How about ideas that are coming into you from outside? Can be valuable. Can be dangerous. Beware. Perhaps they have intellectual property that applies to the idea. Perhaps they would simply make the assertion it was disclosed to you in confidence and you should have known that. So what do you do? Well anyone that brings you an idea, you don't want to be contaminated. You tell them that you're happy to listen to the idea, but first, before they say it, they need to sign a confidential disclosure waiver agreement. And what it typically says, we'll accept your idea, we'll take a look at it, but we will not provide any confidentiality. If you have a patent, of course, we'll honor it. Other than that we're free to use the idea you're about to disclose to us.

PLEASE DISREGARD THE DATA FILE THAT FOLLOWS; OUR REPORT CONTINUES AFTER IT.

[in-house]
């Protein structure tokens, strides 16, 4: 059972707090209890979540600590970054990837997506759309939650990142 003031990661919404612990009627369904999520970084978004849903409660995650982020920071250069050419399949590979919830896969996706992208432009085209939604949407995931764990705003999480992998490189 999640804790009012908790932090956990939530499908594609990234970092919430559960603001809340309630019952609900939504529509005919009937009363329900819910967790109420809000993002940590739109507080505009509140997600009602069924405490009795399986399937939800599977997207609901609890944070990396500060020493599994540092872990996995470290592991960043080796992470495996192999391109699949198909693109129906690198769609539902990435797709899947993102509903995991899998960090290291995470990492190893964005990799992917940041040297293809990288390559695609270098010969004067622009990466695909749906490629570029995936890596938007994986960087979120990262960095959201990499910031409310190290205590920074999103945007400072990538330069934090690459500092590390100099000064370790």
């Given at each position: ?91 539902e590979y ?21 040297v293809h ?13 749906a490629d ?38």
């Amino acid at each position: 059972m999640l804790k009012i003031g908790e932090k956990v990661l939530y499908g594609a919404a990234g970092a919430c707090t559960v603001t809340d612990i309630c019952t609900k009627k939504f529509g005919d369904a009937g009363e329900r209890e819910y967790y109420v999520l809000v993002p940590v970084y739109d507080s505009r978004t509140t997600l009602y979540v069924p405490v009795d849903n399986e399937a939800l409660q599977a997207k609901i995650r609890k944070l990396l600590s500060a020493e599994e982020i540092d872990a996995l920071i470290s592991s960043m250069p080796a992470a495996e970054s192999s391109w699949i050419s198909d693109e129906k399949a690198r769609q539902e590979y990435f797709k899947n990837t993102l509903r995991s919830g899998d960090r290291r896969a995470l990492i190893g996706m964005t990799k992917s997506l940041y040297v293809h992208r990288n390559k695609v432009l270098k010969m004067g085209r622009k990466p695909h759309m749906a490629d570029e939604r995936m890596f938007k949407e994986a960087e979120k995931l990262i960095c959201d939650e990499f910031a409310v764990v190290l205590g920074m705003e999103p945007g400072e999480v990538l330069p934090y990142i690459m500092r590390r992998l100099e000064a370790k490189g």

You know, you've got competition out there. They are working hard too. They are collecting I.P. assets as well. And they're going to use those to defend their market space and to try and take your market space. So you need to avoid infringing the intellectual property assets of other people. You need to avoid infringing their patents and their copyrights and their trademarks and their trade secrets. So how do we go about doing this? You've got plenty on your plate already and now you've got to worry about the other guy. Being on the wrong side of an I.P. infringement suit is a bad place to be. You know, there's an old joke in patent law that if you find yourself in a patent lawsuit try to be on the side with patents. But sometime it might happen that you're on the wrong side. So let's try to minimize that risk. How do we do that? At the very front end of a project you can have your patent lawyer do a patent clearance search, sort of a state‑of‑the‑art search. Find out what's out there. It's not that you're looking to duplicate their work, it's that you're looking not to. Find out what patents are out there that might get in your way and avoid them. There's a little bit of a chicken and the egg problem here. You want to ask your patent lawyer what can I do safely. And your patent lawyer wants to say well what is it you want to do. Well what I want to do is whatever I can do safely. Certainly before you get to the end of your development project and preferably well before have it cleared. Have a clearance study done to make sure you're not going to invest in marketing and capitalizing and all the sweat and blood and tears that go into launching a product or a service only to find out you've got a problem. That's late. Do it earlier. If you have to redesign, you redesign. If you have to get a license you get a license.